Players can see some of that attention to detail themselves, by interacting with security terminals throughout the station. Employees wear tracking devices during their deployment on Talos I, and some of those are still active. If you follow these electronic pings, you might be able to find a survivor or the remains of an unfortunate victim – as well as information that could lead to valuable items.

There are other clues to pick up on as well. Bare says that players can explore the offices of TranStar’s sales and marketing teams, and optionally learn more about how the Neuromods are brought back to Earth. Knowing the security protocols for transporting these valuable items isn’t a huge detail, but Arkane says it’s important that they know how all of it works. (Incidentally, shuttles come every week, and the Neuromods are put in attache cases that are handcuffed to an envoy.)

Having that kind of fictional shuttle schedule lets the team work out other things, too. The Talos I staff grows some of its own food and recycles as much oxygen and water is possible (in treatment areas you can explore), but it’s not a completely closed loop. Other shuttles arrive with supplemental food and additional resources to keep the staff content. TranStar employees are on rotations between 18-24 months, so the company works to ensure that the accommodations are as luxurious as possible. That means creating relaxing spaces such as a plant-filled arboretum, or outfitting the living areas with high-end materials. Those lifelines have been severed by the time you enter the picture, but you can discover records and communications that further outline how things ran before.

TranStar depended on keeping its employees safe, and also keeping the Typhon alive. Without the aliens, after all, it would be out of business. That delicate balance – and a general tendency toward a more grounded reality – affects the weapons that players will be able to use during the game.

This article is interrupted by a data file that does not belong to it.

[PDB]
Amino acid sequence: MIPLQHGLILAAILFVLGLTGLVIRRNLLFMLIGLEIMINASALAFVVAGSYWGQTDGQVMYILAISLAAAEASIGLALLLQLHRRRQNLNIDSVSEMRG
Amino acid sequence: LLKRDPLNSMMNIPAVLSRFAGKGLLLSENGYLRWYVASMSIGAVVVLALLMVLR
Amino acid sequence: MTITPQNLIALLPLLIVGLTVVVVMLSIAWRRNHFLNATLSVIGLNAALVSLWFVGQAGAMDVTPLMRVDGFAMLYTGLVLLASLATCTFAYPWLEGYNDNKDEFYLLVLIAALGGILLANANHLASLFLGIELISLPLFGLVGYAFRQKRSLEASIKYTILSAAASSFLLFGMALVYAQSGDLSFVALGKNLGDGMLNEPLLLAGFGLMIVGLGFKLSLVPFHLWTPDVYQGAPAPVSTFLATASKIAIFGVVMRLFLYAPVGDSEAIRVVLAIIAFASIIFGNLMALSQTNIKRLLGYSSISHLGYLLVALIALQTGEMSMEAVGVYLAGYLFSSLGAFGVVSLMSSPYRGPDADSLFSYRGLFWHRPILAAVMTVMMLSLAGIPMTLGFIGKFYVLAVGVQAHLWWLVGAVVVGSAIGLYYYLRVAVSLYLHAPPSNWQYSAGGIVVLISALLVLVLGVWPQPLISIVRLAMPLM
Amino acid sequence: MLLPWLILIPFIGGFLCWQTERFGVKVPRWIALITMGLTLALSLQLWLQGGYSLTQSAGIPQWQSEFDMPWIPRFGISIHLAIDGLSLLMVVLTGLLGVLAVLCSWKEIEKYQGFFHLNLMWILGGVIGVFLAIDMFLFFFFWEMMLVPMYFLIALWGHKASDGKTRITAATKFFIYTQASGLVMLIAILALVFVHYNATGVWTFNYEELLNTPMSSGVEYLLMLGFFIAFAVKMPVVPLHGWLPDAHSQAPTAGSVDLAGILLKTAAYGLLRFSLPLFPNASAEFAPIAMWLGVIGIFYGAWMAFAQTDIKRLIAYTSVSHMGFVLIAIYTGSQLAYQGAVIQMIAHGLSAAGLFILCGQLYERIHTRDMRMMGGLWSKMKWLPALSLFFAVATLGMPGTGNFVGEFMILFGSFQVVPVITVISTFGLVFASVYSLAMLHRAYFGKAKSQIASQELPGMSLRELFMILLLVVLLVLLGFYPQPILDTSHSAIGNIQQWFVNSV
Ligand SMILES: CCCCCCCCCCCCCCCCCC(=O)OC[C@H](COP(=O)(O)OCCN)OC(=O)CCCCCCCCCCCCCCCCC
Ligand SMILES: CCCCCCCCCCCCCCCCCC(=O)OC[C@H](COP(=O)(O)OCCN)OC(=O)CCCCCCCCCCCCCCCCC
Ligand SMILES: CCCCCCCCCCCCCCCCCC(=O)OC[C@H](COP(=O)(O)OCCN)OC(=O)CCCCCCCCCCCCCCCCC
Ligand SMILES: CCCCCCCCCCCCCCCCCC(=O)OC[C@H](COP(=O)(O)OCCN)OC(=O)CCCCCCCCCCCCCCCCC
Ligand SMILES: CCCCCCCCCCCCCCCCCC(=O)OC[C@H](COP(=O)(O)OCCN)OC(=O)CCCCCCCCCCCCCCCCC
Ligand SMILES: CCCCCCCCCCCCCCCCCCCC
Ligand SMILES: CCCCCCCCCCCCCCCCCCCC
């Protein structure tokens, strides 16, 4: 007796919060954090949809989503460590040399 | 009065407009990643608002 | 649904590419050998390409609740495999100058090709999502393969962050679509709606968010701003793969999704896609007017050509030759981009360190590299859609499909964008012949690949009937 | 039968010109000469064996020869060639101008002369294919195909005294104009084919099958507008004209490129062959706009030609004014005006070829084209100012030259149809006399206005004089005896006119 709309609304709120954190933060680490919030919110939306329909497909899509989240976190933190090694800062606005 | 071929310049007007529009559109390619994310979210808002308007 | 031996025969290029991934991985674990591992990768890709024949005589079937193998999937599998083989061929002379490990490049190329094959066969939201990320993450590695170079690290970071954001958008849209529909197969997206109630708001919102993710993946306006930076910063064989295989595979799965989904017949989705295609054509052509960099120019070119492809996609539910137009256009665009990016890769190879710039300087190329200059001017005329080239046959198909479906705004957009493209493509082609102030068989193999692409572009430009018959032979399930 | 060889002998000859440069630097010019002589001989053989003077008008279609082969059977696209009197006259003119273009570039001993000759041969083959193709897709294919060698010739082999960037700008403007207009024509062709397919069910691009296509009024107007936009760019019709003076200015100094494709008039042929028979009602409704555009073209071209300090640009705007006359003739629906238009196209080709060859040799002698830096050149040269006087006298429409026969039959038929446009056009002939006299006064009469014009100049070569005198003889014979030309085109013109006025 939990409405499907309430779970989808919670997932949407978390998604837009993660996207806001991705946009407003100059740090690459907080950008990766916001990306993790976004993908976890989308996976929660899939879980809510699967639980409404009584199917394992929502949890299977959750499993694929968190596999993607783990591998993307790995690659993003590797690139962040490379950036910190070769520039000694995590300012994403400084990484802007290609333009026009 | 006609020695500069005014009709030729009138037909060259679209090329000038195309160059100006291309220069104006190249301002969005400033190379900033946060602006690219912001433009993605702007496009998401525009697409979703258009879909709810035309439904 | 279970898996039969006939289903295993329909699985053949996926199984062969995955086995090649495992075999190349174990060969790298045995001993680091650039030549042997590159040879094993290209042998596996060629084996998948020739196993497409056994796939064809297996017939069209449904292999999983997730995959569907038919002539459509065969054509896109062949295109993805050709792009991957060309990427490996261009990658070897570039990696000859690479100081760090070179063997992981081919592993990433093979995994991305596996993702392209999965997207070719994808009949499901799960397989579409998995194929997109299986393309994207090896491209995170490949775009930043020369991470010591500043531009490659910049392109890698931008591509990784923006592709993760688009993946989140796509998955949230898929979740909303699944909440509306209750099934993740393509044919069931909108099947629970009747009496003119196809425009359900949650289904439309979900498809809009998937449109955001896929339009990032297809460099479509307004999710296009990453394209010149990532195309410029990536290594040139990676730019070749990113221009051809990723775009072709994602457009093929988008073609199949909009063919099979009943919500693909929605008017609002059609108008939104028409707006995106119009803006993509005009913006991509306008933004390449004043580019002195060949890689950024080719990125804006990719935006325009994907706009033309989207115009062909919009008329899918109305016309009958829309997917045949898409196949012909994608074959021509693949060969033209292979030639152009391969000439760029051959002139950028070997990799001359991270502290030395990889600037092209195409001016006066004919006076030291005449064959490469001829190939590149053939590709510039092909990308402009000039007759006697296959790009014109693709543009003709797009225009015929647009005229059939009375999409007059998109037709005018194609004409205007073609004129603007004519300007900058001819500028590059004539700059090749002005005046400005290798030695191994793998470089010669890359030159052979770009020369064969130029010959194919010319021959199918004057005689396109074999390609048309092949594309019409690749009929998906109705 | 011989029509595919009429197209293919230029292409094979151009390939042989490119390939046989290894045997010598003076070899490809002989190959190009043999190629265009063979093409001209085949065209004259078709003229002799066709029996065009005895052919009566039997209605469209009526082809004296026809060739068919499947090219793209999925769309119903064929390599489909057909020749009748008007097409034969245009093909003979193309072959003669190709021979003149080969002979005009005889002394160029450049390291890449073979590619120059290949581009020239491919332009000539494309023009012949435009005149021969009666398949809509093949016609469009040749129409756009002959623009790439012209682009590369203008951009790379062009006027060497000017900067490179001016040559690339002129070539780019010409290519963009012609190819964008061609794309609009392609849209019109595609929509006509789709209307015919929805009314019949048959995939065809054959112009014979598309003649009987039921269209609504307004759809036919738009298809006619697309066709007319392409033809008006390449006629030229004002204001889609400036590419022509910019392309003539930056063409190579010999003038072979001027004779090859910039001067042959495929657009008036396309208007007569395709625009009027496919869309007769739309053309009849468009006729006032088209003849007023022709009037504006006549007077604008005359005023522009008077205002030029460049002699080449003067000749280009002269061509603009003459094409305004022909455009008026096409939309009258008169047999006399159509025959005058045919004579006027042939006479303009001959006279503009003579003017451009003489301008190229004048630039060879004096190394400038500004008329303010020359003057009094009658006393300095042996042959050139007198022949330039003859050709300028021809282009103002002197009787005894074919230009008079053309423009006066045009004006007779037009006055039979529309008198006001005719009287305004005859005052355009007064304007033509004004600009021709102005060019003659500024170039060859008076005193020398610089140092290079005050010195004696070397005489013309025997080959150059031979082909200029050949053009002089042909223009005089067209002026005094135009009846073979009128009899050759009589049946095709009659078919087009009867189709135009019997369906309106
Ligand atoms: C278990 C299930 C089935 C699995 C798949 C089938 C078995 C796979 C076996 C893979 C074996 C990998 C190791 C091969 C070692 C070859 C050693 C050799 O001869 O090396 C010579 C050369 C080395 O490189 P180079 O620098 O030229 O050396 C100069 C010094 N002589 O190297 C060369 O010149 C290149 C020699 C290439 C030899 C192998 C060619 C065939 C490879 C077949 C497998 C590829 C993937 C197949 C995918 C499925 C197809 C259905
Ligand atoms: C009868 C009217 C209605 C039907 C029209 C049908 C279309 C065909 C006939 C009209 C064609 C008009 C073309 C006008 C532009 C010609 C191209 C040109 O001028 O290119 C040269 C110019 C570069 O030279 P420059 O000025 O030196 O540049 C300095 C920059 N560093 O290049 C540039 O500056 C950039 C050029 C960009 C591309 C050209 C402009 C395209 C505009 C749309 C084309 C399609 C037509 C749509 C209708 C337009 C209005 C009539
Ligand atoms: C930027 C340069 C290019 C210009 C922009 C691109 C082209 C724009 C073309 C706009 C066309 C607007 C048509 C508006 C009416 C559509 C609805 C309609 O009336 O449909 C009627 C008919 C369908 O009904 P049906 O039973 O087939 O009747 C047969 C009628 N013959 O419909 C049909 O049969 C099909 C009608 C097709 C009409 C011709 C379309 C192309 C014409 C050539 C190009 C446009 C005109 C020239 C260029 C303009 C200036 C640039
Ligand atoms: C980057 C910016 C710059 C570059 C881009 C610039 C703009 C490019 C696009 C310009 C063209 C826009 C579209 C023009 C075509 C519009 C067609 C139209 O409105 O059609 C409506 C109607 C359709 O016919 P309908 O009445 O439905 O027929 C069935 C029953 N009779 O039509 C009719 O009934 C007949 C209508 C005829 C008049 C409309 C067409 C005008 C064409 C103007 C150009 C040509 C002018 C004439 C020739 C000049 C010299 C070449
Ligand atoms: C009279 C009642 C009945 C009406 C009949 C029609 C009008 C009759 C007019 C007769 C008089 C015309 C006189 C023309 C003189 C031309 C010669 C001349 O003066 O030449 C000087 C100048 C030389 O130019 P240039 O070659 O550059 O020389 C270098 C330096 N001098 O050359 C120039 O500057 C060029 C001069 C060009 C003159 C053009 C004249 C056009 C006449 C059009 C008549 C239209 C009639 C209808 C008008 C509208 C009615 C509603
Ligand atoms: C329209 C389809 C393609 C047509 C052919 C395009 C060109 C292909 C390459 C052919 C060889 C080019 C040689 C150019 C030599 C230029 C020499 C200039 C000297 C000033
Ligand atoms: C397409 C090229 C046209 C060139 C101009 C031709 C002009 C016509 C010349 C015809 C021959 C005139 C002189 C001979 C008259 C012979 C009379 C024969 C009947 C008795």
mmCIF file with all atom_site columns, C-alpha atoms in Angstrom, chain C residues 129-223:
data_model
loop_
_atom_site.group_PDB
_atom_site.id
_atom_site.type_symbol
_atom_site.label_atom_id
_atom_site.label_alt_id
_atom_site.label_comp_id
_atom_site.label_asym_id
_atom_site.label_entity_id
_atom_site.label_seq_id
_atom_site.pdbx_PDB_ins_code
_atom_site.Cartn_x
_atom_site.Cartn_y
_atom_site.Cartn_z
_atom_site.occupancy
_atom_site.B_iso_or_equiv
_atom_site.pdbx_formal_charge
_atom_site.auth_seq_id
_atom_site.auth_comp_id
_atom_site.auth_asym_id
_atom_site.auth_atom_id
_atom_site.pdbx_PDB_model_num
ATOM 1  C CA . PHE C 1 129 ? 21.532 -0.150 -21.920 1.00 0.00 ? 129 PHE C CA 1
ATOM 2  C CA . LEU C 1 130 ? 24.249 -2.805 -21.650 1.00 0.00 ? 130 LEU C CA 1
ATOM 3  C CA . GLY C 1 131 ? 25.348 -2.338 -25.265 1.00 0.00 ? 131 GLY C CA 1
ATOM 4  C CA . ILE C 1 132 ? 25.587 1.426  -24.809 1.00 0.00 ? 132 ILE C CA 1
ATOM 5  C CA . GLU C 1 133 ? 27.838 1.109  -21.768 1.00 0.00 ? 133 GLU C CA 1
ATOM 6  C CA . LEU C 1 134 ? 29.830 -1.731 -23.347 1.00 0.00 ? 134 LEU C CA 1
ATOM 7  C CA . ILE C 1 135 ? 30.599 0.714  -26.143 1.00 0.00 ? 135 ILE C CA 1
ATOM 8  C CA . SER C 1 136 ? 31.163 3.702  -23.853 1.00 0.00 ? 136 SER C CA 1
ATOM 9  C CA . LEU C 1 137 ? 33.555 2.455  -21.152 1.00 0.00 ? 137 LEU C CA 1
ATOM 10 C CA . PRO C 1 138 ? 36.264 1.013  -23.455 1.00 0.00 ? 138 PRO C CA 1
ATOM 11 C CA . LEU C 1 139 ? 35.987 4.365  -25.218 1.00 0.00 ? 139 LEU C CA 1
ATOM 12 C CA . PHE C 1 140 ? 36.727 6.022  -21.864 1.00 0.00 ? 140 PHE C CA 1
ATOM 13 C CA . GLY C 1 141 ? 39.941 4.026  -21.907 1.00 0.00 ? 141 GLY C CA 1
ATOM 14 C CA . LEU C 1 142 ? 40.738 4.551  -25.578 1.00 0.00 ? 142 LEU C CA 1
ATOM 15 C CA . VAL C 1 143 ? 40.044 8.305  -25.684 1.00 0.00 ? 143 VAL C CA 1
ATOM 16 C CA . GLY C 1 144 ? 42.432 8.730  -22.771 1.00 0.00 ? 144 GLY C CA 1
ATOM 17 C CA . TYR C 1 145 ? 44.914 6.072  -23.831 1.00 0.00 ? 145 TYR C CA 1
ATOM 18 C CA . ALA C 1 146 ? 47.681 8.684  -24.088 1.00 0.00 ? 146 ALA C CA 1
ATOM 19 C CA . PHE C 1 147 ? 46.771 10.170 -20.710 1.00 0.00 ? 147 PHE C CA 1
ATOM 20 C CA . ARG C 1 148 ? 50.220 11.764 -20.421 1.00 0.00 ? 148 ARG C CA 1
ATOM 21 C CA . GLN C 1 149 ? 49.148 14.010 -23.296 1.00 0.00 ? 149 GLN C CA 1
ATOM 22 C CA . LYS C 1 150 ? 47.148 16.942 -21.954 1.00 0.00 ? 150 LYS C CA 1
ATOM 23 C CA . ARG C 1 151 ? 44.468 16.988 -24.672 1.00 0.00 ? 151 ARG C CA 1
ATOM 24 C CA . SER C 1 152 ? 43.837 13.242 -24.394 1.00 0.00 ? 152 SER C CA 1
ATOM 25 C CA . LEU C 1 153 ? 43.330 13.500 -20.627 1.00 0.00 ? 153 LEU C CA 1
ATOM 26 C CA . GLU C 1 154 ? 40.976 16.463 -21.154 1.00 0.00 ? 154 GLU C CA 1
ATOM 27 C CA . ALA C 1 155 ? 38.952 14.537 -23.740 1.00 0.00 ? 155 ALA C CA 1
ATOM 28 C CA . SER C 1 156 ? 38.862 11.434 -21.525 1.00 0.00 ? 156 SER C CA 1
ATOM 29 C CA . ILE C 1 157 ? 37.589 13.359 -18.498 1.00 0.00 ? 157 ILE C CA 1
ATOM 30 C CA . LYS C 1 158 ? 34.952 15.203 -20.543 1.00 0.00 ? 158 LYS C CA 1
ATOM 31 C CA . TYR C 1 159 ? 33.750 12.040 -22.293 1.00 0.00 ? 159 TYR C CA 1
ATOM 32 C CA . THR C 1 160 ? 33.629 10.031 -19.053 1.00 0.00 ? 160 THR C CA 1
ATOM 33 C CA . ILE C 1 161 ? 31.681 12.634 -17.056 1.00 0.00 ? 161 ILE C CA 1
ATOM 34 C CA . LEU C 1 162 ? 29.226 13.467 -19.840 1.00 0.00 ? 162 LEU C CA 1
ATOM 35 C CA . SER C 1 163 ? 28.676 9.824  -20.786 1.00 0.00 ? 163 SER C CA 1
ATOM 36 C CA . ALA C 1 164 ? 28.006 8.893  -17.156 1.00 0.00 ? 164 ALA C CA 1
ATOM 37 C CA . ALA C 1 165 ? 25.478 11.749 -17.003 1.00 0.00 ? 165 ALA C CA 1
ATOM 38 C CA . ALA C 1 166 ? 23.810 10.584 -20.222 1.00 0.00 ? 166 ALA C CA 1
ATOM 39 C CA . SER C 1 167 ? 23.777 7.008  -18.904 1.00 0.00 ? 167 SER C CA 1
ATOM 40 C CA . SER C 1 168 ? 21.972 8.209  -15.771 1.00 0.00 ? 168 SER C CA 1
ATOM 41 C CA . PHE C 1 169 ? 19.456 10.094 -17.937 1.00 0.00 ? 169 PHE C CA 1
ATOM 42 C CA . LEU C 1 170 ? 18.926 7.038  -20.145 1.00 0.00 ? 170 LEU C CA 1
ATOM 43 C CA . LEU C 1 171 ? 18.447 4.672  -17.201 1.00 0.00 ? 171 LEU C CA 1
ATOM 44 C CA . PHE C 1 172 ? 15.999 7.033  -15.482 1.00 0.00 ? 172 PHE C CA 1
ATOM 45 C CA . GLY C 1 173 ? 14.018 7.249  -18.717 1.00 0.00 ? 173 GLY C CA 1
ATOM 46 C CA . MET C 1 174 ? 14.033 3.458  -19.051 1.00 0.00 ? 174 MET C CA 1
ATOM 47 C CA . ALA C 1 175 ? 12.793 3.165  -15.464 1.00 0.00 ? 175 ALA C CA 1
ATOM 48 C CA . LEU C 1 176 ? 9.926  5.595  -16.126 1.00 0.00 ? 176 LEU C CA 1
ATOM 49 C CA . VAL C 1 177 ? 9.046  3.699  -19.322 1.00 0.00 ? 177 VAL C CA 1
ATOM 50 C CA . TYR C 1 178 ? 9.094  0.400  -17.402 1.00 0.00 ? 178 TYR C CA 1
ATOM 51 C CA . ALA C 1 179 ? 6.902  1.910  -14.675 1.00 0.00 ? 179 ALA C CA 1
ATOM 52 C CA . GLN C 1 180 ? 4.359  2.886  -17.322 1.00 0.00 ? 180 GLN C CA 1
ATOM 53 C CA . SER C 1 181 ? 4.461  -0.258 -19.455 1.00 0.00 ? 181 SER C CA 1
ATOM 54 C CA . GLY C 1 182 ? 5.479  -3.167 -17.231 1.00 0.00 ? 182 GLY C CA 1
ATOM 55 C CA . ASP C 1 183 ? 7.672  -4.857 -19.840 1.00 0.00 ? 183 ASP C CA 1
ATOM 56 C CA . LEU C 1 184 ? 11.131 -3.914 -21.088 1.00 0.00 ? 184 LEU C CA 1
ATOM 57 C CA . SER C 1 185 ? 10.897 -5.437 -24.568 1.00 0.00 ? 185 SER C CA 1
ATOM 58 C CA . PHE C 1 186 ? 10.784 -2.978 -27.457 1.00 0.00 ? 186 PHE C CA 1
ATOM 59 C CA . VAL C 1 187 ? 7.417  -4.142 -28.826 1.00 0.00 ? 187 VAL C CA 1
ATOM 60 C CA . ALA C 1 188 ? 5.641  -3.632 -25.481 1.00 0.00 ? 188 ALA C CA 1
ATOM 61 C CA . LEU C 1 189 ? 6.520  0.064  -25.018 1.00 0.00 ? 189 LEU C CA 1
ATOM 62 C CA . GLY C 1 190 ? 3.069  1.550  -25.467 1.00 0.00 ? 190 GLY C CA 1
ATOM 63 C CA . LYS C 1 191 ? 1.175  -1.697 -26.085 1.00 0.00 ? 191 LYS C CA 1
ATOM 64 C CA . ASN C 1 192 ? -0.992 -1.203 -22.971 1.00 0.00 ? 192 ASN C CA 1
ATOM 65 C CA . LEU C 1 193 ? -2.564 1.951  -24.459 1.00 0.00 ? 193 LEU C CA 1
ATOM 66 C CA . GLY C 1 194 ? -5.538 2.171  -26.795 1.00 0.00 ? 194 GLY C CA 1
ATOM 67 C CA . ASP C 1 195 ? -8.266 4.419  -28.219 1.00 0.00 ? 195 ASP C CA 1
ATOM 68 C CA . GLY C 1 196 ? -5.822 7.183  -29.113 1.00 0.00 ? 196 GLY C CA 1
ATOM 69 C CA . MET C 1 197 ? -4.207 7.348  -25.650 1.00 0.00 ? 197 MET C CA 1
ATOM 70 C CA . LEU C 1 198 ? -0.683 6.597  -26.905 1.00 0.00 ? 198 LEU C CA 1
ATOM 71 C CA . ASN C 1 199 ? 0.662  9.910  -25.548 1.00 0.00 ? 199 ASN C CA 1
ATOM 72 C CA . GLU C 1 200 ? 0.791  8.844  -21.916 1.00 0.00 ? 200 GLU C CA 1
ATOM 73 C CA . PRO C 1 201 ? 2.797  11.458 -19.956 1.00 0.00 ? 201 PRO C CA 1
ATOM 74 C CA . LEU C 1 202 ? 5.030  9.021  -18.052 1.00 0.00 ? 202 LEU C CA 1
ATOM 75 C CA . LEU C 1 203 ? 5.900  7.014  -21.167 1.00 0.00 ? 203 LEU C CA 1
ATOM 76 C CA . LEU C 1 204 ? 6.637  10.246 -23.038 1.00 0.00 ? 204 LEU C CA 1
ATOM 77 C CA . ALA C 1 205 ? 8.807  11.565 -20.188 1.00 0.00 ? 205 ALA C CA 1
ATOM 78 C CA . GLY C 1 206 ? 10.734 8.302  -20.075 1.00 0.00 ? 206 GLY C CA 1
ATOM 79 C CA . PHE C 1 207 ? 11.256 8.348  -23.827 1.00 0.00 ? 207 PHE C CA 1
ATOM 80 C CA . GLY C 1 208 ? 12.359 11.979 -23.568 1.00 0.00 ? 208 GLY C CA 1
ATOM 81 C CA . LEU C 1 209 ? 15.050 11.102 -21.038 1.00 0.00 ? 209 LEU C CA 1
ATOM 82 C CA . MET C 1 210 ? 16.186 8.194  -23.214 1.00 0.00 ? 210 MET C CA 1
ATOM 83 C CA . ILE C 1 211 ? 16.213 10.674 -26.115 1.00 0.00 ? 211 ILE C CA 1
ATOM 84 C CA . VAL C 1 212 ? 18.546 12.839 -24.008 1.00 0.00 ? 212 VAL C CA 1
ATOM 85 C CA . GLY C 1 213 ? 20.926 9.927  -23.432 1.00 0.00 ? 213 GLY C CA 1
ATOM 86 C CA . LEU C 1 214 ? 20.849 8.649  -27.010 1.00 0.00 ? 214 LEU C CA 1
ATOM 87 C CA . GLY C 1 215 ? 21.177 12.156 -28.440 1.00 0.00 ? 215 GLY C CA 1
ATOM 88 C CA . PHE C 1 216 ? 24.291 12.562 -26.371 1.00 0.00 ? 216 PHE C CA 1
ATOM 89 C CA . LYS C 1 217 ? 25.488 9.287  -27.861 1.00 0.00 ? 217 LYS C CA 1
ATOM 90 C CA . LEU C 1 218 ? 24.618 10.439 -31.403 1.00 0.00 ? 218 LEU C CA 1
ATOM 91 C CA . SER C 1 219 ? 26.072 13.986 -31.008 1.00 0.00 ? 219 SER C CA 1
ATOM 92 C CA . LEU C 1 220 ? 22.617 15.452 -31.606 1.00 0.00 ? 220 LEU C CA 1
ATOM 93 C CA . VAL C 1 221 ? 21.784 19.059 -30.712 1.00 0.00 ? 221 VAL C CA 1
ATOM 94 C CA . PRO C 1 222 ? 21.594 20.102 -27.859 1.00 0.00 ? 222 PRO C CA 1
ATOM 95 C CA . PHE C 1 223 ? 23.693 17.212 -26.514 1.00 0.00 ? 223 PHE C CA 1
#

“You’re not going to find a dead soldier and find a bazooka,” Bare says. “Instead, there are security officers that have handguns or maybe tasers, and in case of emergencies maybe there’s a security closet with a shotgun. All of those are made by the fabricators on the space station, so they’re not the best constructed things.” These weapons have a disposable quality to them, which is a nice in-universe way to have them break down for gameplay-balance purposes. 

The security teams took a nonlethal approach whenever possible, leading to the use of things such as riot foam and tasers. The foam in particular has other interesting uses, such as sealing up leaking pipes or as a quick handhold for reaching a higher point. You can see how that works in action during this gameplay demo, and also get a look at Talos I in general. The station itself is approximately the size of The Empire State Building, so this is only a small section of it.

 

Be sure to come back throughout the month for more information on Prey. We have more features and video interviews, including information on the specific influences that Arkane’s art team drew upon when designing Talos I.